Health

Docs forced to alter surgery plans for obese girl

March 21, 2014 at 11:31 AM ET

Image: Alexis Shapiro, 12
Ilana Panich-Linsman / for NBC News
Doctors had to alter surgery plans suddenly Friday midway through a weight-loss operation for Alexis Shapiro, 12, of Cibolo, Texas.

Doctors operating on a Texas girl suffering from rare medically induced obesity had to switch plans mid-surgery Friday because of complications.

Alexis Shapiro, 12, of Cibolo, Texas, had a liver that was far larger and fattier than doctors anticipated, officials at Cincinnati Children’s Hospital Medical Center said in live tweets of the operation. Instead of performing a planned gastric bypass operation and a procedure to snip the vagus nerve, which controls appetite, the team led by Dr. Thomas Inge is performing a different kind of weight-loss surgery, a sleeve gastrectomy.

That procedure typically removes about 25 percent of the stomach, forming a sleeve-like structure that limits the amount of food a person can eat. Patients feel full sooner and wind up consuming less. The operation is irreversible.

Doctors said the surgery would still allow Alexis, who weighs 203 pounds, to lose weight, but it would also reduce the size of her liver, allowing the gastric bypass and the vagus nerve operation at a later date.

Parents Jenny and Ian Shapiro couldn't be reached immediately for comment, but a hospital spokeswoman, Danielle Jones, said they were satisfied with the doctors' decision, but worried about Alexis' reaction to additional surgery.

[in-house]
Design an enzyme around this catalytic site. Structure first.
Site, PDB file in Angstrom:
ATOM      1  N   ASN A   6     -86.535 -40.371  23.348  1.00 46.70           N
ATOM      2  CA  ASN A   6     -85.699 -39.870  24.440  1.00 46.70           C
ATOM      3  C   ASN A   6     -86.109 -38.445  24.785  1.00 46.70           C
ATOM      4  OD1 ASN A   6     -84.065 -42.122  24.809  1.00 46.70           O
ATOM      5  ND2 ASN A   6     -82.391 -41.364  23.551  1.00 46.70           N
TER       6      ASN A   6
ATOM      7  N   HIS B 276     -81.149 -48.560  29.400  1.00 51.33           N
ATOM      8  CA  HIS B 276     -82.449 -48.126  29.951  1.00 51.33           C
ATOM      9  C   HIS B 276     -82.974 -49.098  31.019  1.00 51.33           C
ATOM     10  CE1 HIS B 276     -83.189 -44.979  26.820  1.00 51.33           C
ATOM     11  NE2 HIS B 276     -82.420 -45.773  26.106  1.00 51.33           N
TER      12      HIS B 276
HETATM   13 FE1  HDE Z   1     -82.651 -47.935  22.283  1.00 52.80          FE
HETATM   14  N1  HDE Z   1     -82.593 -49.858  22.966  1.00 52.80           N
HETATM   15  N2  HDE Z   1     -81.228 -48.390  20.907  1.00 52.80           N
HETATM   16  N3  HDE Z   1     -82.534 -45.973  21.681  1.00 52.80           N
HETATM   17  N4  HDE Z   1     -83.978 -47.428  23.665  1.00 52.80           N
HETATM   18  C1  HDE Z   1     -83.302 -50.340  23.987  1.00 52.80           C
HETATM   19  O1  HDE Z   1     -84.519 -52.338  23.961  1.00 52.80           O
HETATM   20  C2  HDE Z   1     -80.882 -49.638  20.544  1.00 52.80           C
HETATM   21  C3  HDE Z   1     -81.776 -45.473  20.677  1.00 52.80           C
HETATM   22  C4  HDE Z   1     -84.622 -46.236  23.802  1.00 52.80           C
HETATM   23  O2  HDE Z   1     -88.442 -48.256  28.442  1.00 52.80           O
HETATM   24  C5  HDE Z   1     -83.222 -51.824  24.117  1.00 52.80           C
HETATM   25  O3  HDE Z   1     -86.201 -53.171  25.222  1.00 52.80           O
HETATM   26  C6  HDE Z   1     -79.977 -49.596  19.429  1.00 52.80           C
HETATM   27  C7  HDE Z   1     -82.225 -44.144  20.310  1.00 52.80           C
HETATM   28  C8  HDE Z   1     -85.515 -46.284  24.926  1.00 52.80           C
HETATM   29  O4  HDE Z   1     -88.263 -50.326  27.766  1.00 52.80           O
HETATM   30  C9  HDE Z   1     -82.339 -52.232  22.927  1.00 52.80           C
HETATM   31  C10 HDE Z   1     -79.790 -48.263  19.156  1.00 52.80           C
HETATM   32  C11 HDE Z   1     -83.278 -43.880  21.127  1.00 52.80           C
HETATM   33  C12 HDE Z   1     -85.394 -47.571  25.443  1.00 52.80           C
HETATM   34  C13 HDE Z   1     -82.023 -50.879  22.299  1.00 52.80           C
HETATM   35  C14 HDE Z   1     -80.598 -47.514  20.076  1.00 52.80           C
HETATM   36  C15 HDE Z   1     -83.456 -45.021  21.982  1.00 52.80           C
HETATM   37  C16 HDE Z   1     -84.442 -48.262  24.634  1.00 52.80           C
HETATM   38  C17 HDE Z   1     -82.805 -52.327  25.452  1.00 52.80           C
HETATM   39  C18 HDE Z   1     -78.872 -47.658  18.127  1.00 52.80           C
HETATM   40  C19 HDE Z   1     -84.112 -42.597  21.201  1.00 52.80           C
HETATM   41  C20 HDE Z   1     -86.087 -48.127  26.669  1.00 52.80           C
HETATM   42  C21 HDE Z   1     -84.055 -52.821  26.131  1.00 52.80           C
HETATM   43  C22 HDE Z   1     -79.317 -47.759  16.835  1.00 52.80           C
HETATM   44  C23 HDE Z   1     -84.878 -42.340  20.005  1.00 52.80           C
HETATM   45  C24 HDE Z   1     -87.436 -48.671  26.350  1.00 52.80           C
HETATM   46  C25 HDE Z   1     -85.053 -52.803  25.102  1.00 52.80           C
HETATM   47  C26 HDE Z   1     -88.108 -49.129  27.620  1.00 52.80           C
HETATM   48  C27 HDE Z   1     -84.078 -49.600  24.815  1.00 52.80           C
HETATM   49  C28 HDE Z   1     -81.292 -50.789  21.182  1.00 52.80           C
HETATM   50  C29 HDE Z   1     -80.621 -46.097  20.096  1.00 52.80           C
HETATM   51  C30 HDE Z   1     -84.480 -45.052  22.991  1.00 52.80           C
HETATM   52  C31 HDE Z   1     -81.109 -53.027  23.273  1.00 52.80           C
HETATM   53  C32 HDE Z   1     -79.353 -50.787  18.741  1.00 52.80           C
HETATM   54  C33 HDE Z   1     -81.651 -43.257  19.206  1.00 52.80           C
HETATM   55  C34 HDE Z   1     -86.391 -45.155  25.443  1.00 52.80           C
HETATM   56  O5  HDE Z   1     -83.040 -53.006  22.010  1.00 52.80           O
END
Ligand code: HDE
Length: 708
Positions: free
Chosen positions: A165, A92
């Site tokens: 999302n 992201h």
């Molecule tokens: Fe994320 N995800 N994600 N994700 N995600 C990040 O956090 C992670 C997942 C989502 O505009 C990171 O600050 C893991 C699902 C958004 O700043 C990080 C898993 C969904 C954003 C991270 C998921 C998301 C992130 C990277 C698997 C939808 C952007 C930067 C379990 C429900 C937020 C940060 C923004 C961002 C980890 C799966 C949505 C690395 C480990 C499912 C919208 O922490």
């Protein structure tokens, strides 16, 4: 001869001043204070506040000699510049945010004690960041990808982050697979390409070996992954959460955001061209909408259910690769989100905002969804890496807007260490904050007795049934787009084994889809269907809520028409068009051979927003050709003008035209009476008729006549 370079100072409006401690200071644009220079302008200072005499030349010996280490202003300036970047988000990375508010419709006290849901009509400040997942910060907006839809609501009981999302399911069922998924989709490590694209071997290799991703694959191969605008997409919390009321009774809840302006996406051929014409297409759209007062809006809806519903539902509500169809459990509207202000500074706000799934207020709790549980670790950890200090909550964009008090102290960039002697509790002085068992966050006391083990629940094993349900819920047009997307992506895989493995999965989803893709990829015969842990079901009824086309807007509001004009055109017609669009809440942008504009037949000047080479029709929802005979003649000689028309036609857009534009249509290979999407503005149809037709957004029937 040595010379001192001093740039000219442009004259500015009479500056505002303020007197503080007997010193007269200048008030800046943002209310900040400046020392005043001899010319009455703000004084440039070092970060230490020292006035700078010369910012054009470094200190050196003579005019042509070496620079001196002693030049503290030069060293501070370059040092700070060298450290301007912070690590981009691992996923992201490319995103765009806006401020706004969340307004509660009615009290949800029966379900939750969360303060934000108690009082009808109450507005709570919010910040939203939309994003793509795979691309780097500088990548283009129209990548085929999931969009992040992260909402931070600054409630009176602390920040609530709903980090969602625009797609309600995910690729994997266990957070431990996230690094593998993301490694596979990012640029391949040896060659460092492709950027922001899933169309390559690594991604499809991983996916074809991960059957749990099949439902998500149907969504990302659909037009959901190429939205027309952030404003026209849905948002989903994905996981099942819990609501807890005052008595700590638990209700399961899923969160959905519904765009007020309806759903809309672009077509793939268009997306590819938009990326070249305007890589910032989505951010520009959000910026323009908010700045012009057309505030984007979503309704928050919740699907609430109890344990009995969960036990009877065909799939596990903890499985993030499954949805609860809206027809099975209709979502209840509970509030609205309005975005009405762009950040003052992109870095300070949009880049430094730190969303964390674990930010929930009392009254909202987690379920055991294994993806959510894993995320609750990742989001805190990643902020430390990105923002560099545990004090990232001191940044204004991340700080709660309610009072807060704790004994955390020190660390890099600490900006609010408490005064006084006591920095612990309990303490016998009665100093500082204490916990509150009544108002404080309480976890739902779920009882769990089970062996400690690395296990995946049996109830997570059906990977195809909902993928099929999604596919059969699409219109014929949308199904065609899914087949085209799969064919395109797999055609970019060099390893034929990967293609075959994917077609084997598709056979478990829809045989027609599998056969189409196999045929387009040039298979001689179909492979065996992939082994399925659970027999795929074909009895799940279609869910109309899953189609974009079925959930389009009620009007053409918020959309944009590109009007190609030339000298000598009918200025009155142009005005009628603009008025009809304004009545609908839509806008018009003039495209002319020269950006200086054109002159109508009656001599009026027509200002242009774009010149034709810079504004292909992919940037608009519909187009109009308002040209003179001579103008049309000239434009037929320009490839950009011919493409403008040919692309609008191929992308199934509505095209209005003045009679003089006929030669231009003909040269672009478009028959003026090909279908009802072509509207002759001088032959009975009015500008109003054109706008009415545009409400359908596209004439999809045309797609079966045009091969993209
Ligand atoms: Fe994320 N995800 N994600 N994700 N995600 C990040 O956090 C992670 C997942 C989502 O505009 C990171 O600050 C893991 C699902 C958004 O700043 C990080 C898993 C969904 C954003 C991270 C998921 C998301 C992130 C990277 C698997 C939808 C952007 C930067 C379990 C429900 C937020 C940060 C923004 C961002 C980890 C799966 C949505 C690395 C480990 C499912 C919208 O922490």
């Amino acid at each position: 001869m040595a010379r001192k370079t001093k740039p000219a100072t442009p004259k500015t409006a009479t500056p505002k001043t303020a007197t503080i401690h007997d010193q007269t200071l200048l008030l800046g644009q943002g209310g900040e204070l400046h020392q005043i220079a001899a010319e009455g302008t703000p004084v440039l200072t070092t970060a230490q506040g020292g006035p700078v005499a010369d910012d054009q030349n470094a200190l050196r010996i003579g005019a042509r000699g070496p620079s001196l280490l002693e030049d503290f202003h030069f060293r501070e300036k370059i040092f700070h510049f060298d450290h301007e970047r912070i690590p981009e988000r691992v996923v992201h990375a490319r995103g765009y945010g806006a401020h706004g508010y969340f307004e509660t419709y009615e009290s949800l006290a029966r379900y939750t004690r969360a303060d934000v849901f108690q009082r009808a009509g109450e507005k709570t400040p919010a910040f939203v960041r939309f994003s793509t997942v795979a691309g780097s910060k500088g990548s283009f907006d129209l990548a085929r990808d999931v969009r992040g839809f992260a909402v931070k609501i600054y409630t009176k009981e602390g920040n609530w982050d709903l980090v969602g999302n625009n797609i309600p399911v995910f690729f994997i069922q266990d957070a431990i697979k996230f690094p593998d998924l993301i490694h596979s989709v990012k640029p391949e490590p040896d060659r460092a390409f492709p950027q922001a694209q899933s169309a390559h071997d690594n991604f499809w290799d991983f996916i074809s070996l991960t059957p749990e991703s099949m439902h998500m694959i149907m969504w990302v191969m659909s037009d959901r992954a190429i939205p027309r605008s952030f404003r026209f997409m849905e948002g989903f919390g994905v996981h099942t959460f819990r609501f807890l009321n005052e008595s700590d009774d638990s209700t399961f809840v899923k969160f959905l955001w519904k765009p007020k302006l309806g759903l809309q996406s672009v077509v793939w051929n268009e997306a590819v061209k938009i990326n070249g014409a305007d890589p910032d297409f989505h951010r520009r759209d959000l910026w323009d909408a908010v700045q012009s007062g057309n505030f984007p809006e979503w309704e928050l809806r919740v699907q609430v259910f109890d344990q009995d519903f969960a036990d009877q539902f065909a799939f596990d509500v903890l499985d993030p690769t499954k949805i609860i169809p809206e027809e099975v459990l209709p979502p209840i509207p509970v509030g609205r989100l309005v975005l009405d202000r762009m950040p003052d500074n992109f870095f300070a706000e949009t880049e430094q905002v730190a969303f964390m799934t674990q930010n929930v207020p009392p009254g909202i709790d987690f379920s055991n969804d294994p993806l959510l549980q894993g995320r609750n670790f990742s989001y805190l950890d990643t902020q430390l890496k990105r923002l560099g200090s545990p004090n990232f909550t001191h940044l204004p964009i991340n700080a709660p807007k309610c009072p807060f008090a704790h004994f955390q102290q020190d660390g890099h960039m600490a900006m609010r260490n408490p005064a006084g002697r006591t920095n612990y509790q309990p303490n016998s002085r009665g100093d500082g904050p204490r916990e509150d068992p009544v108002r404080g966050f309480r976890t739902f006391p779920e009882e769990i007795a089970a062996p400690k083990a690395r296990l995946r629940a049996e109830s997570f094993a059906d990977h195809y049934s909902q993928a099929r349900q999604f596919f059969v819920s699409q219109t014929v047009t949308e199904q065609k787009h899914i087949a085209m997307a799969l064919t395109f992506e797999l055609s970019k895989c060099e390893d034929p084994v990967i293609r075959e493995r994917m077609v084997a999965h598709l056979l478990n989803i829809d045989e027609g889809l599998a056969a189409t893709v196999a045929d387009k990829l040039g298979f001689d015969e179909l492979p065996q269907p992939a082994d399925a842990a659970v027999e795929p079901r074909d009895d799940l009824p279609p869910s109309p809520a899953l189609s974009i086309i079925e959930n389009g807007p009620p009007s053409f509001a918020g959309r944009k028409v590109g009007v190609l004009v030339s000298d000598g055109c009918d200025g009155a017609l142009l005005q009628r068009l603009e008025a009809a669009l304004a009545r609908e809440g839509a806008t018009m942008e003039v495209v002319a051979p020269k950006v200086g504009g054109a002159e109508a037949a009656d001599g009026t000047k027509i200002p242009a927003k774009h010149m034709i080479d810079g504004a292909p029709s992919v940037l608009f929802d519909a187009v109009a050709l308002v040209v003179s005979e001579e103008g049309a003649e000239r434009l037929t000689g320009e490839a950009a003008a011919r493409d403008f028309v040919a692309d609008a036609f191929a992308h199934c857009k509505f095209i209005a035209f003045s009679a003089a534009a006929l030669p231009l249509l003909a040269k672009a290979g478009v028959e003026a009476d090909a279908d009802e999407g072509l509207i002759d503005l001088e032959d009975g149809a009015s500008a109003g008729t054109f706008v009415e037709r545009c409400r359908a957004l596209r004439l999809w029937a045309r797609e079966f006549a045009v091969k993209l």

"The family is fine. They are confident that our doctors know what they are doing," Jones said.

Obese girl with rare condition finally has surgery

Dr. Jeffrey Schwimmer, a Univeristy of California, San Diego, pediatric obesity expert not involved with Alexis' operation, said that the Cincinnati crew's decision made good sense. He said very large livers are common in kids with conditions like Alexis has, and that they can get in the way of delicate gastric bypass procedures.

"They made a clinical decision that this is the right approach at this time," he said. "That is consisent with the expected standard of care across the nation."

Alexis Shapiro developed a benign brain tumor called a craniopharyngioma more than two years ago. Surgery to remove it was successful, but it left her with hypothalamic obesity, a rare problem in which a patient's metabolism goes haywire. She gained massive amounts of weight and suffered from an insatiable appetite.

Instead of the planned three-hour operation, doctors finished the sleeve gastrectomy in about two hours.

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